Dikembe Mutombo: Shawn Kemp was my favorite player to block


mutombo-finger-waveDuring his 18 year playing career, “Mt. Mutombo” was one of the most intimidating shot blockers and rebounders of all time, leading the league in blocked shots five times and rebounds four times.

Mutombo was an eight time All-Star and appeared in the NBA FInals with the Philadelphia 76ers.

Mutombo played in 1196 NBA games (997 started), averaging 9.8 points, 10.3 rebounds and 2.8 blocks per contest.

He appeared in 8 NBA All-Star games, and led the NBA in blocks per game in 5 consecutive seasons. In 99-00 and 00-01 seasons, Mutombo also led the NBA in rebounds per game.

In a recent interview with PBAA, Mutombo was asked who was his favorite player to block, and the former shot-blocking specialist named one player Seattle used to love so much.

“To me, not just one in particular. But I think playing against Shawn Kemp. He was such a high jumping, athletic player,” Mutombo said.

Kemp in turn has expressed his regret over the fact that Old Spice chose ex-NBA center Dikembe Mutombo for their  8-bit-style video game.

Folks at Old Spice created the “Dikembe Mutombo’s 4 1/2 Weeks to Save the World” videogame, where Mutombo choses himself to save the world from the Mayan apocalypse.

Shawn Kemp expressed his view on this ad on his Twitter.

“I don’t think me saving the world from the apocalypse is a less plausible plot than Dikembe Mutombo saving the world from the apocalypse,” former All-star wrote on his Twitter on Dec. 9.

“Why does Old Spice have to go with Dikembe instead of me for their well-written internet game ad campaign? I’m generally available too.”

kemp-mutomboOne reason why Old Spice has decided to go with Mutombo, is probably because Dikembe used to be one of the best (if not the best) shot blockers and defenders in the NBA, during his prime.

Further on, Mutombo talked about his Georgetown days, where he played alongside another great NBA center, Alonzo Mourning.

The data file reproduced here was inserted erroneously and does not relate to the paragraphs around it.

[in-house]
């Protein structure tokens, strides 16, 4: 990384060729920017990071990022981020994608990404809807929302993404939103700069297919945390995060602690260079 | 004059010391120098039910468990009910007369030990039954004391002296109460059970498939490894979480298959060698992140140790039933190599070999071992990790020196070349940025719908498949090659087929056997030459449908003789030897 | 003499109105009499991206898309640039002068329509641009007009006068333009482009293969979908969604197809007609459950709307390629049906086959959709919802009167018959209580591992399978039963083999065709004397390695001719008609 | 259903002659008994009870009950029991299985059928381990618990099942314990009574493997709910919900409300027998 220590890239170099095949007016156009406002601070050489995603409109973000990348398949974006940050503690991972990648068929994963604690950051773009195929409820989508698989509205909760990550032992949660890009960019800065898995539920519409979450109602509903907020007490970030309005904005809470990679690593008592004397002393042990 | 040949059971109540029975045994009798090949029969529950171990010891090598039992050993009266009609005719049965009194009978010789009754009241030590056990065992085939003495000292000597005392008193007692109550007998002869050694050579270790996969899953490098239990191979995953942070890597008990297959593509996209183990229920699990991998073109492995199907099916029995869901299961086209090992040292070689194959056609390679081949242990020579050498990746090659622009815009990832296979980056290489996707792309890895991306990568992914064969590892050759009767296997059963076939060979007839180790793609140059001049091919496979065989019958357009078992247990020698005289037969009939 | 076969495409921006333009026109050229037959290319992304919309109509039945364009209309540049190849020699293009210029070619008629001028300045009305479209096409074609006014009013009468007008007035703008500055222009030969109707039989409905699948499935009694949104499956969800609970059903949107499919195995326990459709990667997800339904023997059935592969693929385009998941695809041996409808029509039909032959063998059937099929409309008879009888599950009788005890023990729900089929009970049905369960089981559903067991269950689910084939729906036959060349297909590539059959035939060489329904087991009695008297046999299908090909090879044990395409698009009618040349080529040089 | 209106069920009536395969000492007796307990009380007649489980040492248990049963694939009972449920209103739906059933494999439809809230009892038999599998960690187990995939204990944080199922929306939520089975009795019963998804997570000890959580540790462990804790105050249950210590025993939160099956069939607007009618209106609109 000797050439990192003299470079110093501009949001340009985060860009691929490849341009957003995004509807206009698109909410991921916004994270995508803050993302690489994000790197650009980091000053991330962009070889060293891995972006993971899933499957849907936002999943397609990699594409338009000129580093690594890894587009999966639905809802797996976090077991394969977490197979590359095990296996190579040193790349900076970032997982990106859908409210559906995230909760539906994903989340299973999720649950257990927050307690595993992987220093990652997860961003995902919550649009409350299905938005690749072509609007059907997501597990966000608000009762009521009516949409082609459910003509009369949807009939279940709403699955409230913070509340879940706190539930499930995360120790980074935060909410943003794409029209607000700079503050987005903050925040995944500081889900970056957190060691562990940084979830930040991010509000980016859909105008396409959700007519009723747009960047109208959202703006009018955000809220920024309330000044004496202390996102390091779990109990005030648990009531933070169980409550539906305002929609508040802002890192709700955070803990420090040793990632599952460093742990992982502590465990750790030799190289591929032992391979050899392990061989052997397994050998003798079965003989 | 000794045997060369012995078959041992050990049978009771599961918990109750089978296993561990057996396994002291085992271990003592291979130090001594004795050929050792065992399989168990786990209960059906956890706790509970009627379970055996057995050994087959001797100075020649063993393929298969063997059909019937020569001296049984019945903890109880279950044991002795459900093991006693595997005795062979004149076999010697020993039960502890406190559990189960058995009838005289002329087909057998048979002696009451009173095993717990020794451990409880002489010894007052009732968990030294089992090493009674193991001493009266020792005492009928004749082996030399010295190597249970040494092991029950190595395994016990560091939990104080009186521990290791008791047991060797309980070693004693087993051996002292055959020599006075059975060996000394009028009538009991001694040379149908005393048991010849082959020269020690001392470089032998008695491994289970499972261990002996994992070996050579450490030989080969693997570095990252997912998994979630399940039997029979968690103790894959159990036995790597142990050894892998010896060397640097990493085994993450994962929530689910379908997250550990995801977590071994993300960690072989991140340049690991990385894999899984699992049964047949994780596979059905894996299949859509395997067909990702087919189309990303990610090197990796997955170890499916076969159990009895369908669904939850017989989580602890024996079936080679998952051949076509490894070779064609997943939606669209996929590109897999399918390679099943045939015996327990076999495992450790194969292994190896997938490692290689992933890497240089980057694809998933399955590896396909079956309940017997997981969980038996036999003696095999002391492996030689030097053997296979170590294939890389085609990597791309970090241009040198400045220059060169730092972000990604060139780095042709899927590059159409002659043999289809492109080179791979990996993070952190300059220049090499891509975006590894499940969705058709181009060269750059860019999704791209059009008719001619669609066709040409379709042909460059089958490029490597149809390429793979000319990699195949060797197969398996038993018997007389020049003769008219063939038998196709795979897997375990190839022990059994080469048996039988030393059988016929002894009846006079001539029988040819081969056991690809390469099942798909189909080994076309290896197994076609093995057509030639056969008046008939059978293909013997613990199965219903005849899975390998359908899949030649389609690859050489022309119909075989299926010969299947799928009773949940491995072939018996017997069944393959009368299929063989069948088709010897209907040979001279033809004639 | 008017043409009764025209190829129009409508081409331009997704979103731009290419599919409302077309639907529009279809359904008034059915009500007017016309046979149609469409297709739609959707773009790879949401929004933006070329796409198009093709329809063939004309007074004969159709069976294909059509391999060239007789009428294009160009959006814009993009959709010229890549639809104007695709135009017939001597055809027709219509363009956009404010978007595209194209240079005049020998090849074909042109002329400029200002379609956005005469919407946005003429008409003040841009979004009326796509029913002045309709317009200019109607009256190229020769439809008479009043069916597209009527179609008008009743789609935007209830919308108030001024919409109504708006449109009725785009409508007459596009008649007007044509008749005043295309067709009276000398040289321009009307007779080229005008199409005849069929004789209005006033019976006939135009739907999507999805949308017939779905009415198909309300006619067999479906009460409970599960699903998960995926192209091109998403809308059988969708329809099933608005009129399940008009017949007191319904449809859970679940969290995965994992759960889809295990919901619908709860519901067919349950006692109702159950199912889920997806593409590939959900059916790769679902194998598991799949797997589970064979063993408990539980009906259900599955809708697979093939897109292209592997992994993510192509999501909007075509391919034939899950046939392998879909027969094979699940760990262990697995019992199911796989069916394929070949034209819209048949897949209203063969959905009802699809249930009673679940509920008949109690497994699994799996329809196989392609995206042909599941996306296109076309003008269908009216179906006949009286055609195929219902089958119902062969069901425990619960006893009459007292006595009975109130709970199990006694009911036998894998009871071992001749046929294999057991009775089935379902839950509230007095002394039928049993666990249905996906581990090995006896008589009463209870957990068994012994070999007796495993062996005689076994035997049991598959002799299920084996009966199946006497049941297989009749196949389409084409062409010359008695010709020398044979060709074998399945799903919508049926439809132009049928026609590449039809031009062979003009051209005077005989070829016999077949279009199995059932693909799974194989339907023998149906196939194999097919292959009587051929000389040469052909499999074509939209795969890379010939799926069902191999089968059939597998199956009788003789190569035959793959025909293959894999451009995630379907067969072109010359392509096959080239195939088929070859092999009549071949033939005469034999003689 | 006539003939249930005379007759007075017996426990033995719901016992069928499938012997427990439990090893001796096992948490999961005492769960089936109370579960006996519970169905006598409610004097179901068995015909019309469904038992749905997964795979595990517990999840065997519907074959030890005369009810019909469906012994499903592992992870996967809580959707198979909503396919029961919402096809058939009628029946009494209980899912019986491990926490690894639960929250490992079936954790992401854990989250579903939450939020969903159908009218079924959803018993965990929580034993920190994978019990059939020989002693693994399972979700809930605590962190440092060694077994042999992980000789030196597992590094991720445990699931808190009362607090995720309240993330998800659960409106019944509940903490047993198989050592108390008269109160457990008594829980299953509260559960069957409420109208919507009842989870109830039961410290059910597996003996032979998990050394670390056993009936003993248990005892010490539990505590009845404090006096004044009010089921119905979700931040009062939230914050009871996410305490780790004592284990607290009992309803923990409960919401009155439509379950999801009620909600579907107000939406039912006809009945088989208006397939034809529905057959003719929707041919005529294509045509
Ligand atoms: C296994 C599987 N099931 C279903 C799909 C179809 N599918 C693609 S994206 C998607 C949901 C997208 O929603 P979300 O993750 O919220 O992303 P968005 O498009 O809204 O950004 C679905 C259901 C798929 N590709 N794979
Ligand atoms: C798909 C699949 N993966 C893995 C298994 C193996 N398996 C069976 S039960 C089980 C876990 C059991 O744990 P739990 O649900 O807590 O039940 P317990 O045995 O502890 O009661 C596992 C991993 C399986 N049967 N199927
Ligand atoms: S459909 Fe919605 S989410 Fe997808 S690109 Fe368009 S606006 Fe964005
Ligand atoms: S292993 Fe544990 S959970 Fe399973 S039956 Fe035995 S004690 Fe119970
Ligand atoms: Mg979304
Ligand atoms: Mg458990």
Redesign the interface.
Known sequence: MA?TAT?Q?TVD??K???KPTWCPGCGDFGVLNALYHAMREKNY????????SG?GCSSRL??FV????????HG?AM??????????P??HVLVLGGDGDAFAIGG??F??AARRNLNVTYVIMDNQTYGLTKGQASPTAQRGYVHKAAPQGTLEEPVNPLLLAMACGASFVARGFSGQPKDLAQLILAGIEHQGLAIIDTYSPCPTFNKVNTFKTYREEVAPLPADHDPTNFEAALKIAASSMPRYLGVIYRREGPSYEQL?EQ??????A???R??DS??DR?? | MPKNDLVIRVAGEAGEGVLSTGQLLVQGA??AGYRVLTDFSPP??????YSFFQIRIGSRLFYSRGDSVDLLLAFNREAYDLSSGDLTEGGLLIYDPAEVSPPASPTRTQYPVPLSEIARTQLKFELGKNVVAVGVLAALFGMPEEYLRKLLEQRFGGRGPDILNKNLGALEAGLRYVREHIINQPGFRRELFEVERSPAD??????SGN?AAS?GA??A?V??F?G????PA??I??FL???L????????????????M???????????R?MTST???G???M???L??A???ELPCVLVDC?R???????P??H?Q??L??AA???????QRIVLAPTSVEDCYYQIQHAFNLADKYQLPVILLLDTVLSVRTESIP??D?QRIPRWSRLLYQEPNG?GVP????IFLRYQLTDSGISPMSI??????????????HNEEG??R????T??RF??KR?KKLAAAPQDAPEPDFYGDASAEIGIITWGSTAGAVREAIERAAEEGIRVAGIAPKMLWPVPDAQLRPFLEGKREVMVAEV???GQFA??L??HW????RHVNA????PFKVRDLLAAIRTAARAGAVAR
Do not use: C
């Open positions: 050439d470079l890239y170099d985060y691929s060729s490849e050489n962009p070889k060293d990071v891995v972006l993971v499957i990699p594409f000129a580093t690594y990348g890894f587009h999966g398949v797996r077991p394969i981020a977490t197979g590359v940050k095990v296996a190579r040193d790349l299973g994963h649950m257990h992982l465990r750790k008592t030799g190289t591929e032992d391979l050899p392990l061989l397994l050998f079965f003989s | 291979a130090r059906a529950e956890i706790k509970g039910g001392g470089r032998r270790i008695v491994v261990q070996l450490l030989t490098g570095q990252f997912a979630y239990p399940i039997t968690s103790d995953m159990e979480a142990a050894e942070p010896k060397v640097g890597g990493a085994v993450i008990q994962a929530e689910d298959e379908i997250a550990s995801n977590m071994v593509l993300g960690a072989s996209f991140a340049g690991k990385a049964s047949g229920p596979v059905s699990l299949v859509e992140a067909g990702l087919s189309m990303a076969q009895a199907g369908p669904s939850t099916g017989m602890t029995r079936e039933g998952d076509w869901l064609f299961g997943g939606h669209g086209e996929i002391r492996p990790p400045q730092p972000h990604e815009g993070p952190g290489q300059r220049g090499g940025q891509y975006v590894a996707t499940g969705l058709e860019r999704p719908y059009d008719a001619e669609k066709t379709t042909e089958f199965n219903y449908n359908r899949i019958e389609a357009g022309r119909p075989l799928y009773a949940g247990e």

Speaking on why Georgetown with him never won the national title, Mutombo said “the opportunity was there, and we just didn’t do it”.

“That is a major question that will haunt us for the rest of our lives. We had a chance and ultimately went to NBA to become dominant centers and we had opportunities to win in college, but didn’t,” he noted.

Speaking about how did the “finger wave” became his signature move, Mutombo said it all started just before his Denver Nuggets team beat Shawn Kemp’s Seattle Supersonics in the 1994 NBA Playoffs.

Mutombo noted that it was the “proudest successes of his  career”.

“I was having such a great year and blocking shots and moving up in the league. I used to block the shot and then I would shake my hand and no one said nothing. One day I decided shaking the hand doesn’t really mean nothing, so I decided to use finger,” Mutombo recalled.

“It it worked out very cool, but it ended up getting me a lot of technicals.”

Since later NBA has banned the “finger waving”, Mutombo found another way to showcase his signature move.

“You would hear from someone that maybe you better stop what you’re doing it’s costing you a lot of money. That’s why in my last 5 years in the NBA I started doing it away from the players face. So I don’t have to lose a couple of thousand dollars,” Mutombo said laughing.

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